Charles Martel wrote:It seems unimportant to me because the 36 30 line was essentially meaningless. It was never used to decide whether or not a new state had slavery. California, Kansas, Nebraska, Missouri, Kentucky, Virginia, Maryland, and Delaware were all exceptions to the rule, and after it was implemented, they ignored it the next time they added a state near the line.
You are aware that Kentucky, Virginia, Delaware and Maryland were all slave states BEFORE the Missouri compromise was enacted and therefore the existence of slavery in them has no real bearing on how important the 36'30" parallel is as the Missouri Compromise was never meant to deal with the existence of slavery in organized states?
Charles Martel wrote:
Plenty of treaty stipulations were never implemented in the way they were supposed to, or were totally perverted from their original sense. Is Molotov-Ribbentrop not worth knowing because the Germans eventually ignored it? As Daniel pointed out, the line set at 36 30 was extremely significant in the debates over extending or limiting slavery. Whether all the parties actually acted in good faith and whether it was actually effective seems to me beside the point.
Exactly. Knowing that they had a line, and that it caused debate, is important. That the line was never used to make a single decision means that the exact location of the line is unimportant, and shouldn't be asked about.
Your statement that the exact location of the 36'30" doesn't matter is not backed by facts as it was precisely the EXACT location of the 36'30" that caused a lot of the debates. Many northerners did not want to annex Texas because they knew that the Missouri Compromise, by establishing the 36'30" parallel as the dividing line between new slave and free states, in a sense mandated that Texas, a Republic that had very few slaves, become a slave state. Had the line been drawn significantly differently then the debate could have followed an entirely different course! A large portion of the debate over how the California territory would be divided up centered upon whether or not the 36'30" parallel, and not any other line, should determine where slavery was allowed. If the line had been set higher north or farther south by a significant amount, then the debate would have followed an entirely different course! Additionally a large swath of FREE territory was organized specifically because of the 36'30" provision, thus preventing the entrenchment of slavery in more territories prior to the Civil War. (If you need a map: Map of the United States - 1850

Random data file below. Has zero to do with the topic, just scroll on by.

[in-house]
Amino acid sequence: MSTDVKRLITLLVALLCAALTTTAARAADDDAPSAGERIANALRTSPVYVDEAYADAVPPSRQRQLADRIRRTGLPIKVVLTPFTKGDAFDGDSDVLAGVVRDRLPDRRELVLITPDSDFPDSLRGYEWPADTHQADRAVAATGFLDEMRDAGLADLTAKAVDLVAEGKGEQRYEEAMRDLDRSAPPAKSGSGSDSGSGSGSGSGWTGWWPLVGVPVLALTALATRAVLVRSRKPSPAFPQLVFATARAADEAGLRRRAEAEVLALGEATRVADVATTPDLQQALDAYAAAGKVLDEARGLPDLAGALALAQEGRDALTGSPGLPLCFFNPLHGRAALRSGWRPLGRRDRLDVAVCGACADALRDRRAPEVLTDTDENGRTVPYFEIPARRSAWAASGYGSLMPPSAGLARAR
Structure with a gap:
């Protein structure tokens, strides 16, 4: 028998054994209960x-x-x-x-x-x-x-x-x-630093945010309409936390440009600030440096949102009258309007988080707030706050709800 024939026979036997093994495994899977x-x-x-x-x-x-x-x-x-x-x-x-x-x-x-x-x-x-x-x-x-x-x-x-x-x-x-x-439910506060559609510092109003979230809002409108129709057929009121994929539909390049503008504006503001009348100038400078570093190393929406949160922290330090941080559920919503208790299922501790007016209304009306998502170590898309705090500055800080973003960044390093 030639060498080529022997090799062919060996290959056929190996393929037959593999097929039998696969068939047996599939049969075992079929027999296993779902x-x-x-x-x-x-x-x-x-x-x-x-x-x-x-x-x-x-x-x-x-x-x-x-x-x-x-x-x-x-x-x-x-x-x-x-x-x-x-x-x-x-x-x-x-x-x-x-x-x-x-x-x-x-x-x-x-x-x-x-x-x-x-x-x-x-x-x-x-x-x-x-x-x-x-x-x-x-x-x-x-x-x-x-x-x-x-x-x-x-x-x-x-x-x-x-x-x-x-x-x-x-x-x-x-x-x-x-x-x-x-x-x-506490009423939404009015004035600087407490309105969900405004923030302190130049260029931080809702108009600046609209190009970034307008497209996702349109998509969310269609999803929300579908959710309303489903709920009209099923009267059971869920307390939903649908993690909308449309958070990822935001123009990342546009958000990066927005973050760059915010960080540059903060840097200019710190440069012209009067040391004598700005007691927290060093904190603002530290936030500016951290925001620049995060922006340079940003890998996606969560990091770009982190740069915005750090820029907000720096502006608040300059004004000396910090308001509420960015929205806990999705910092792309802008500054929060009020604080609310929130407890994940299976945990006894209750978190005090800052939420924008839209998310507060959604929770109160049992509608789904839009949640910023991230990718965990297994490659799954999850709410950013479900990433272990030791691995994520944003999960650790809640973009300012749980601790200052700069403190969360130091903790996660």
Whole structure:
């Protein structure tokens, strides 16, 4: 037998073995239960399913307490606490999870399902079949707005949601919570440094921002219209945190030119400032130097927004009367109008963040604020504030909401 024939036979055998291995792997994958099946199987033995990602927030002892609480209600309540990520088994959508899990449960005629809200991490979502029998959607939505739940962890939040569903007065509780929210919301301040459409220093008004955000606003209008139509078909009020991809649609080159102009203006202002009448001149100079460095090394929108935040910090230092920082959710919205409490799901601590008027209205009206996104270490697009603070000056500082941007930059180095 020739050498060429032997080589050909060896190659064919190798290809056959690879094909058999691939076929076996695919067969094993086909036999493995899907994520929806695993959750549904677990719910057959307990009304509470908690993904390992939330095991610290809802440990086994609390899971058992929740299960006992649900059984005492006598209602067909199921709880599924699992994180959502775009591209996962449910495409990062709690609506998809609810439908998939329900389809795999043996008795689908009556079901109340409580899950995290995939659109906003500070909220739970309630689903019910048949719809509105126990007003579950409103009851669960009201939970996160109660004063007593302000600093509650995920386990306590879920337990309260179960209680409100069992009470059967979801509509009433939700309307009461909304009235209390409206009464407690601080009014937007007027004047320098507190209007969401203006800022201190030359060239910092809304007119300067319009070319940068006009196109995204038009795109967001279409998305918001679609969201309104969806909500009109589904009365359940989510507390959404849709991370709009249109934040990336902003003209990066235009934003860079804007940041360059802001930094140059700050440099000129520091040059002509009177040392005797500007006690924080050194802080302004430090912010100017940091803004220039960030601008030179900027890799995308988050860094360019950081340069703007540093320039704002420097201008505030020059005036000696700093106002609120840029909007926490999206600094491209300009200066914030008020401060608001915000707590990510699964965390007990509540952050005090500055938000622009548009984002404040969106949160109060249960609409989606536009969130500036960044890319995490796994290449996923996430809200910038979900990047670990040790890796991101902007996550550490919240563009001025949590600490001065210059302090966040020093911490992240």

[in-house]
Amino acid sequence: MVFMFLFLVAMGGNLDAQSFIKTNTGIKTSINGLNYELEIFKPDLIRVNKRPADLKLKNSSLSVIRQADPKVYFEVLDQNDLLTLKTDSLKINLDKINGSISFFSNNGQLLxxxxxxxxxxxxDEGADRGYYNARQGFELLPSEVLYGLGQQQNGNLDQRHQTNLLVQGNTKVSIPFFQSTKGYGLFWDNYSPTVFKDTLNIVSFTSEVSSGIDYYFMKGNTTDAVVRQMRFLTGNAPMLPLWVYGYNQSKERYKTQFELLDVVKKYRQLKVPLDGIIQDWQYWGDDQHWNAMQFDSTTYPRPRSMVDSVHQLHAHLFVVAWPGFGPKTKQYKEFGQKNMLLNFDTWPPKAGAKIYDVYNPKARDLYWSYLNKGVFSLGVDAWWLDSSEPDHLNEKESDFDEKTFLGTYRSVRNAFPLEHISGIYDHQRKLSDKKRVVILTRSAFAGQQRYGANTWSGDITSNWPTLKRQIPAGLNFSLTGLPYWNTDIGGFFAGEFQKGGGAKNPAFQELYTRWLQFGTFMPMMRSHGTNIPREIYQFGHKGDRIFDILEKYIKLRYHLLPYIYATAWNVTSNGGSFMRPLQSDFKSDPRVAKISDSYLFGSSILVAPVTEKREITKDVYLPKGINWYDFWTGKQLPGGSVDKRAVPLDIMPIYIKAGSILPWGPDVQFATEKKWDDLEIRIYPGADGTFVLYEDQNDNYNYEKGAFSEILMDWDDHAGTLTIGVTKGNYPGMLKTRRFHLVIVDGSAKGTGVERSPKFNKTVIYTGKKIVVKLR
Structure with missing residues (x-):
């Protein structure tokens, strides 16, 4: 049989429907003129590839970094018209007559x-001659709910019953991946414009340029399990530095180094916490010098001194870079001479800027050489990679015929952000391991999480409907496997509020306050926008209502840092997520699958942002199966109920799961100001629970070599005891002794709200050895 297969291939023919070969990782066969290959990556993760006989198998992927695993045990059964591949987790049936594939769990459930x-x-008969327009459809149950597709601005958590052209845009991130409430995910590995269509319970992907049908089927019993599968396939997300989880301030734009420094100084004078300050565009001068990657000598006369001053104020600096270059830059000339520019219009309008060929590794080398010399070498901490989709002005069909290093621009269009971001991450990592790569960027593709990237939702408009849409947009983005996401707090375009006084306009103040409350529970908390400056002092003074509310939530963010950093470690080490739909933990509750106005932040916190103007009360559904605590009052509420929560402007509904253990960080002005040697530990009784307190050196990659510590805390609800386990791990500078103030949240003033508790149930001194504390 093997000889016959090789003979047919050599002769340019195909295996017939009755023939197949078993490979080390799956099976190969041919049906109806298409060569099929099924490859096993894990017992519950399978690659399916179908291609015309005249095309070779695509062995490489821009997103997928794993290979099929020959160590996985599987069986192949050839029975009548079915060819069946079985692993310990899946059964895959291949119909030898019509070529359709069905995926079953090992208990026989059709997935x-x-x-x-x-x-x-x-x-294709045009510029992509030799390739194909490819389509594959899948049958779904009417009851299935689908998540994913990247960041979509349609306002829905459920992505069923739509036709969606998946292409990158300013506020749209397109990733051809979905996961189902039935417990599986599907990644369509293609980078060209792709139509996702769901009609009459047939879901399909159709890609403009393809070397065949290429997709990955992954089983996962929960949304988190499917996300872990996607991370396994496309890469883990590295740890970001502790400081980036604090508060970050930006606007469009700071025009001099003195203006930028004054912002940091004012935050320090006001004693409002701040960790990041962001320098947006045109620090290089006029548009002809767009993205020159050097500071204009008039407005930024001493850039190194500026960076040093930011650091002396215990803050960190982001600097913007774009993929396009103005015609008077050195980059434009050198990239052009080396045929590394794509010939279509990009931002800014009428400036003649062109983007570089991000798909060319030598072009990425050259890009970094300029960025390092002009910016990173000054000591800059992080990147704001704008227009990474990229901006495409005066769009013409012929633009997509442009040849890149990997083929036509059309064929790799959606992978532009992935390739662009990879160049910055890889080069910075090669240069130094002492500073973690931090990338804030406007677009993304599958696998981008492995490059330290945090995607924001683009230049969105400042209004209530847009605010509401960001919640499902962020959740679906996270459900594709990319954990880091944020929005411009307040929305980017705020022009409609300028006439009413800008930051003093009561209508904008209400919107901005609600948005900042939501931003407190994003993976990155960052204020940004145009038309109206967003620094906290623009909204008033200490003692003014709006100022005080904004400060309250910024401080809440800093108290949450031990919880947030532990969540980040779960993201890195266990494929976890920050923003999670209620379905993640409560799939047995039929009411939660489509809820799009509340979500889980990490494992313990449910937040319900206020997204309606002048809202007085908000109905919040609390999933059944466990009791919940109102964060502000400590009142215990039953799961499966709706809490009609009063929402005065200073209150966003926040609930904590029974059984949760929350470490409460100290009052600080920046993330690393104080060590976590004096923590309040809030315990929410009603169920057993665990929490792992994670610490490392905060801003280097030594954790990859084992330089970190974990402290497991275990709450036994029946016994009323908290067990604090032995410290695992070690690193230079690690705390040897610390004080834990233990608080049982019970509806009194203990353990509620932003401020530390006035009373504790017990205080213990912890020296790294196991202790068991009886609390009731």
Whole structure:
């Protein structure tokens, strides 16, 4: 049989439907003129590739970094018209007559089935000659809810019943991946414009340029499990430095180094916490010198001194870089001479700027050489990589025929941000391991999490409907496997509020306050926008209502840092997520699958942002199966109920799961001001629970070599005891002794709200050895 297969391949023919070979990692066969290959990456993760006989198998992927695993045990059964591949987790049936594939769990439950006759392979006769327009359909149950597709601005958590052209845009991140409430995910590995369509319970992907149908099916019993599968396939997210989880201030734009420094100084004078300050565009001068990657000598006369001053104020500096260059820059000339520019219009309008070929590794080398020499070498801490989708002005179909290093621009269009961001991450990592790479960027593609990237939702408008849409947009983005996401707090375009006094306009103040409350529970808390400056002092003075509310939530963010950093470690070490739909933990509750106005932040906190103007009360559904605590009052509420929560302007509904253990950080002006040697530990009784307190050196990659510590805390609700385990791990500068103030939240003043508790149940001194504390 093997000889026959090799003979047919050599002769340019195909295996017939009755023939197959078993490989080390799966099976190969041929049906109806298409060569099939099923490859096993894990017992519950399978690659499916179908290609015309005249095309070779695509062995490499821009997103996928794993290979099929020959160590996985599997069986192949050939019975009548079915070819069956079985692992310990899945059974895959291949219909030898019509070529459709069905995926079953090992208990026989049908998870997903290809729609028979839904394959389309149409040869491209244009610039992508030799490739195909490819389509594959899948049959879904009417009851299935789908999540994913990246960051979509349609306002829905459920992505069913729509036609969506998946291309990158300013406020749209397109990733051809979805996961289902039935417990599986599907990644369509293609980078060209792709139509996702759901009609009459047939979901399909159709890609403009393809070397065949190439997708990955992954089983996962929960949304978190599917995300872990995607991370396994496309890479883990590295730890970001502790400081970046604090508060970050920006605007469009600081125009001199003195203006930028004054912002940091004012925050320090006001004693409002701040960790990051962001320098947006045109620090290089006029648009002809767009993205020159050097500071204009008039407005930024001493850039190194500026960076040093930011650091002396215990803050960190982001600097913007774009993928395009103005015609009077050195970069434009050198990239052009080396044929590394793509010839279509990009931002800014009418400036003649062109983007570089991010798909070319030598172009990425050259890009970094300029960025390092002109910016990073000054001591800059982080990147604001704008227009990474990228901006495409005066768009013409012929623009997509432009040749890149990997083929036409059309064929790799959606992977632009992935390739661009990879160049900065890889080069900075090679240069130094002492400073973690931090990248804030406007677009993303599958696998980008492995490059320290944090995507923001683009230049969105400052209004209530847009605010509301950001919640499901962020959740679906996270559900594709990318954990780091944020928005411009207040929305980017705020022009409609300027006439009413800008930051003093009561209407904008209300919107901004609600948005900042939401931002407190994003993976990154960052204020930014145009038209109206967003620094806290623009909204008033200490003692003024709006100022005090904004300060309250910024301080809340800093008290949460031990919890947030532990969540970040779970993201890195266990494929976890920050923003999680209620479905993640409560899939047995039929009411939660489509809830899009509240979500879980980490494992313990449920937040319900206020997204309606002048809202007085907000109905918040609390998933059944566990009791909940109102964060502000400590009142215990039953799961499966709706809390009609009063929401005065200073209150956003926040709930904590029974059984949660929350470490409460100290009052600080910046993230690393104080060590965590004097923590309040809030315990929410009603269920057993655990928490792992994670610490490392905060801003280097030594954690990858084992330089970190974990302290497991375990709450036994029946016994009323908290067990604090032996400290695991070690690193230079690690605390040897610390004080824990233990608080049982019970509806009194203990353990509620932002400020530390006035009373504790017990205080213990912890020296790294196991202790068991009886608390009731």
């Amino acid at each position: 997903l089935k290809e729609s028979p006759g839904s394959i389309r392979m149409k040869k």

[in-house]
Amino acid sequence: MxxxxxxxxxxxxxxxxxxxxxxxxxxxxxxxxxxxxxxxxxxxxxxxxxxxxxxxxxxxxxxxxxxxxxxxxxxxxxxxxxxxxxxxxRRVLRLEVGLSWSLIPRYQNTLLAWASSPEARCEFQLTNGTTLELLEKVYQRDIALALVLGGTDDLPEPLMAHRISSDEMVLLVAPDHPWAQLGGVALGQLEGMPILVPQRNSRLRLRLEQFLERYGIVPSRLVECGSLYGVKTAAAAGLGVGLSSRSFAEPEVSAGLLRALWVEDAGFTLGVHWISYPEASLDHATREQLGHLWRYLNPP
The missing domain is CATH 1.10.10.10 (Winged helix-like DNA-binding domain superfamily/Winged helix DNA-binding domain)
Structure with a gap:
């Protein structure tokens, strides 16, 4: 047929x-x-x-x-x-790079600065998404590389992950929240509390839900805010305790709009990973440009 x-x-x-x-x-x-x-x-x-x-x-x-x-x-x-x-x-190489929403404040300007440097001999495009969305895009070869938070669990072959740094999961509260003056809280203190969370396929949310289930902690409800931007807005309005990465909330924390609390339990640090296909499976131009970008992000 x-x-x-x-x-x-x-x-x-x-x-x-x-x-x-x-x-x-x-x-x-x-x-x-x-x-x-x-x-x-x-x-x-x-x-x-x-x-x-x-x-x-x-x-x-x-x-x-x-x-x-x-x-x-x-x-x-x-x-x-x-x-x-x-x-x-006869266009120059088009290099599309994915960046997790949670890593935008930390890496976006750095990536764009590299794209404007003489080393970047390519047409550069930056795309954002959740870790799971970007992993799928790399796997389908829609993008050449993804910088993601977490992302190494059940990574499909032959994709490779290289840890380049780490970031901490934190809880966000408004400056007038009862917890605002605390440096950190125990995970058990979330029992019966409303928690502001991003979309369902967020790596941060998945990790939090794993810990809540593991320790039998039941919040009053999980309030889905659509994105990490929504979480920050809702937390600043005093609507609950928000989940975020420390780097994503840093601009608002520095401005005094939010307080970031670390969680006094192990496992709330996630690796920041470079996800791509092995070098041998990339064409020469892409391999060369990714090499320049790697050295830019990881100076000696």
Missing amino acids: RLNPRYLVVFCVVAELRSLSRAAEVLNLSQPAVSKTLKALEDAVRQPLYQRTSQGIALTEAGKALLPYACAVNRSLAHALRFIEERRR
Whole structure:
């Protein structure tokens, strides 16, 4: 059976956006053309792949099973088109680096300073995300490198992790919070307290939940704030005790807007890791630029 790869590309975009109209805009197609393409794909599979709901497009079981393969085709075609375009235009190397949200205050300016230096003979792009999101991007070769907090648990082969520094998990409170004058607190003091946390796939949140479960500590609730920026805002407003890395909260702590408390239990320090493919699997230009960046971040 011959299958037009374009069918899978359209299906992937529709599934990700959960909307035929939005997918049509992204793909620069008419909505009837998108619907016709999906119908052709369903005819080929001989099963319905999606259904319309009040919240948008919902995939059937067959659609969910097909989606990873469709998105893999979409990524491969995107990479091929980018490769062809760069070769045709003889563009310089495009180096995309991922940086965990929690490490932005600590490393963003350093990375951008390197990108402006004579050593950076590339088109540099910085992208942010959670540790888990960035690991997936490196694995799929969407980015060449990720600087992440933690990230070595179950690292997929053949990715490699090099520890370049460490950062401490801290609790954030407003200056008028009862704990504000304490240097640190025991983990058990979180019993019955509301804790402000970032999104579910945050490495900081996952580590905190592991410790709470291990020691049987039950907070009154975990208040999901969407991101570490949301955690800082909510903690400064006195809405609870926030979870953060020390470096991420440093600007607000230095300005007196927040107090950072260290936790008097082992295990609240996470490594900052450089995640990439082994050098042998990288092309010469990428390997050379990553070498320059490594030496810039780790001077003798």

). While much of that territory did not become states until after the Civil War, the fact that the area was mandated to be free by virtue of the Compromise is still important.
On top of this the fact that the line was ignored is important as well. The most contentious portion of the Kansas-Nebraska Act was that of popular sovereignty. A lot of the debate over this provision of the bill revolved around, among other issues, the fact that it outright ignored the 36'30 parallel provision of the Missouri Compromise, by allowing two territories that lay above the 36'30" parallel to vote on whether or not they should become free or slave states. If the 36'30" parallel had not been chosen as the line then the popular sovereignty provision of the Kansas-Nebraska Act would not have been needed to garner southern support for the bill, which was the precise reason that it was added by Stephen Douglas. Also, a lot of the problems arising out of the Kansas-Nebraska bill were specifically caused by the fact that both Kansas and Nebraska had a history of being free territories, specifically because they lay above the 36'30" parallel.
In other words, the 36'30" parallel, both by virtue of being ignored and by virtue of being used, is an important thing to know about.
All of this discussion ignores the arguably more important fact that the 36'30" parallel is something that people do know about and are taught about in school. Not only that, but it is a piece of knowledge that can easily be tested by a quizbowl question, which means that it satisfies both the "Is this known enough to be asked about?" and "Can I actually write a question that asks about this?" criteria for being a good quizbowl answerline.